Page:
8. BeeLady

    BeeLady New Member

    I have a small chicken tractor http://www.forshamcottagearks.com/ in my front yard area that I move around. I also have a movable goat shed for just the two goats. My problem is while my chickens are out free-ranging and the goats are out in the yard area, they sneak into the chicken coop and eat the organic (and expensive) corn-based chicken feed.

    I am trying to break them of that and mainly just have to watch them. When I move the goat pen, I put chicken scratch where the goats were so the chickens can break up and distribute the goat hay and exposed the nanny berries to the sun and hopefully sanitze the area some.

    My goats sometimes notice the chickens, but usually they can be three feet away and they all ignore each other. When I bought my goats there were exquisite bantam hens and roos with run of the very elaborate pipe-pen goat barn. So I knew my goats were use to chickens. The chickens were not confined to this barn but would wander in and out.

    I think keeping the two classes of livestock confined might cause problems, but being around each other where the chickens can get away is no problem. My predator-turned-protector dog keeps the chickens off my porch. The goats are allowed on the porch (because they are so darn cute!).
     
  9. capriola-nd

    capriola-nd New Member

    Jul 6, 2008
    Northwest Oregon
    I agree with Stacey in that it depends on how many chickens with your goats. We have two hens who live with our three pygmies most of the time (when the pygmies aren't in the pasture that is). Never a problem with pooping in the water bucket. Where they do roost is not close to the goat's hay feeder or minerals, so. . . . that works for us. But if there were to be a lot of chickens, say five or more, I'd make a separate pen or a "chicken tractor." My grandpa built several chicken pens that are moveable.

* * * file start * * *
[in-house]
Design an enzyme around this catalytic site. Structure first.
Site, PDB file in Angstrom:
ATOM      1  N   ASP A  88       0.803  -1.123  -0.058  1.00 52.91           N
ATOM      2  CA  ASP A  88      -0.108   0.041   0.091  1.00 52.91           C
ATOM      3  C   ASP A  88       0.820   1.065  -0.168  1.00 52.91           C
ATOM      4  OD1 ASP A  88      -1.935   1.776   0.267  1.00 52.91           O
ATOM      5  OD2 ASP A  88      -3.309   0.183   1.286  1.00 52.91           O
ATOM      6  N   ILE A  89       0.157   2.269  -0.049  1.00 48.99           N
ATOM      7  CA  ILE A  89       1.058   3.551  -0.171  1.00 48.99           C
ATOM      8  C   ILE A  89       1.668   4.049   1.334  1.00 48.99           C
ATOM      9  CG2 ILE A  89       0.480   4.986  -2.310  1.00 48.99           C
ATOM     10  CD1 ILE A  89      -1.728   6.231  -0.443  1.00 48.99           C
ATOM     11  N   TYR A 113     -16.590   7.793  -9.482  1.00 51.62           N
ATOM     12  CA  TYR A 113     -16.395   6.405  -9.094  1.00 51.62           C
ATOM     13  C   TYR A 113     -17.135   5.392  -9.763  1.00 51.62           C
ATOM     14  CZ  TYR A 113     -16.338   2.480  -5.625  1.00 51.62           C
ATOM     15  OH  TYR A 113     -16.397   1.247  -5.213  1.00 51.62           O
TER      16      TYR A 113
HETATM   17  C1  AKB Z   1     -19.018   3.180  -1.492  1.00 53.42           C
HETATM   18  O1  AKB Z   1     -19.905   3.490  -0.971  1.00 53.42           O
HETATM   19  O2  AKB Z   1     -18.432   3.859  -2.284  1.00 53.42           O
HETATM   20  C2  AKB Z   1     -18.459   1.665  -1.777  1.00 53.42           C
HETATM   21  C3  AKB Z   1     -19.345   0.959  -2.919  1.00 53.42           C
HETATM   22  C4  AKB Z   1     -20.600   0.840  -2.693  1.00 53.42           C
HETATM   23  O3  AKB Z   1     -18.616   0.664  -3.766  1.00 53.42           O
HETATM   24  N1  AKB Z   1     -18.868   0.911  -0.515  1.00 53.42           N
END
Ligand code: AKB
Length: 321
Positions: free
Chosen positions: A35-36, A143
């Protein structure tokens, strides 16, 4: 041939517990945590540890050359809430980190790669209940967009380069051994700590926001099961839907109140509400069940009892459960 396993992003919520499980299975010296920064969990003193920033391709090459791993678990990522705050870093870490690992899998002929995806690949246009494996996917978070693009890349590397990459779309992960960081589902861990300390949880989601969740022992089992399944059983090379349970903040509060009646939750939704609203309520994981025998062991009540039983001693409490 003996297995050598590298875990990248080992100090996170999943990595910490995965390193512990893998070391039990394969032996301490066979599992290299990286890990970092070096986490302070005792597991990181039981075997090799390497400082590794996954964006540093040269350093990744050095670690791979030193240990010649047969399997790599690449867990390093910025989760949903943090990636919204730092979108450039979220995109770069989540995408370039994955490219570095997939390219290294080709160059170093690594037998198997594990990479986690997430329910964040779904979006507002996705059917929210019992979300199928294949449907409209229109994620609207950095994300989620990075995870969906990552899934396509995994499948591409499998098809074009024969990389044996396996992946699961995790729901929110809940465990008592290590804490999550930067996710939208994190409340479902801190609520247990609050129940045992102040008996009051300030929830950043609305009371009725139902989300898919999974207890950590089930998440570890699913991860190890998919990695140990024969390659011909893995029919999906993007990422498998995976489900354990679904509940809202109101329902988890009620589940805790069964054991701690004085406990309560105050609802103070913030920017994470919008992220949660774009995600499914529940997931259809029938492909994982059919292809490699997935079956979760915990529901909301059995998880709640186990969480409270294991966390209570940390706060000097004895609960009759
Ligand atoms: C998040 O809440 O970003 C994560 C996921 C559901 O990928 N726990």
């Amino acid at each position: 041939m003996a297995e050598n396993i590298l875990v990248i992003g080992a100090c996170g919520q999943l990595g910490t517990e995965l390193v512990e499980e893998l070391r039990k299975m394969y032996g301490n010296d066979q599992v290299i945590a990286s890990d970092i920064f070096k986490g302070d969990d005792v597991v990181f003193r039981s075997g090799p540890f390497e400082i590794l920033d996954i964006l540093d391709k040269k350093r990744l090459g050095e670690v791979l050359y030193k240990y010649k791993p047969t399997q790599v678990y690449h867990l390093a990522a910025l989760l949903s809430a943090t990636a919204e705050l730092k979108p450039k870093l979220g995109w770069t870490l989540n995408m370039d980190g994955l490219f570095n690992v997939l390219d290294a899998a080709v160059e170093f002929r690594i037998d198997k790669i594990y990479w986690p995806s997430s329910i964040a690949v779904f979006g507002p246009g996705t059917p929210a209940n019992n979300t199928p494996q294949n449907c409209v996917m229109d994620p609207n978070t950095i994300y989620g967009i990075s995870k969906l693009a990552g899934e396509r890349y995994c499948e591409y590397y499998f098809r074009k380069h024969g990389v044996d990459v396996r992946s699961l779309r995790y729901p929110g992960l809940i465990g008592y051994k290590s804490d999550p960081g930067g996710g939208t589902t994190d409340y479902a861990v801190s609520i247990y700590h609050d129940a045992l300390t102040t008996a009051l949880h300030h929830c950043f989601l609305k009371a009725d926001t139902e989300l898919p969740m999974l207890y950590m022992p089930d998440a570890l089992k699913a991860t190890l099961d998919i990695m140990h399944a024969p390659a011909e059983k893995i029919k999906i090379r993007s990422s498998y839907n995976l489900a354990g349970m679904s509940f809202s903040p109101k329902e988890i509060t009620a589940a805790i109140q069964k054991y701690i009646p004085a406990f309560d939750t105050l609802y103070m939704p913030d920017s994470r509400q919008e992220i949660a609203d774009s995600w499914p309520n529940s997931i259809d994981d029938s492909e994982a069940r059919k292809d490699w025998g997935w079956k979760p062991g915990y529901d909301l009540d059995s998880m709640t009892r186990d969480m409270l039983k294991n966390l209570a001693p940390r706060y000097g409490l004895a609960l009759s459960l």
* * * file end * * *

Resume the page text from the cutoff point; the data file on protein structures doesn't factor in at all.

You could also look into a chicken "igloo" I think that's what they're called. They are pretty spendy but very nice. We have one for our three laying hens. It has a place to lay eggs, a fenced in part to scratch around in, is quite easy to move, and the "igloo" part is insulated, keeps them warm in the winter, cool in the summer. Pretty handy. :)
     
  10. lorna

    lorna New Member

    21
    May 12, 2008
    My 2 goats share a fence-line with my 8 hens. The goats are crazy for the chicken feed and will go to great lengths to get to it. I let them be together when I am out with them (have almost lost some to hawks) and I make sure there is not much of the lay pellets. The goats will sometimes try to butt the chickens and that scares them. The chickens love going in the goat pen, lots of leftover snacks to scratch for. The goats will try to climb into the hen house and will break the eggs and try to eat them. I did have one of my hens that loved to be in with the goats and would find a way into the pen if she could and that was always fine but she went back to her hen house at night.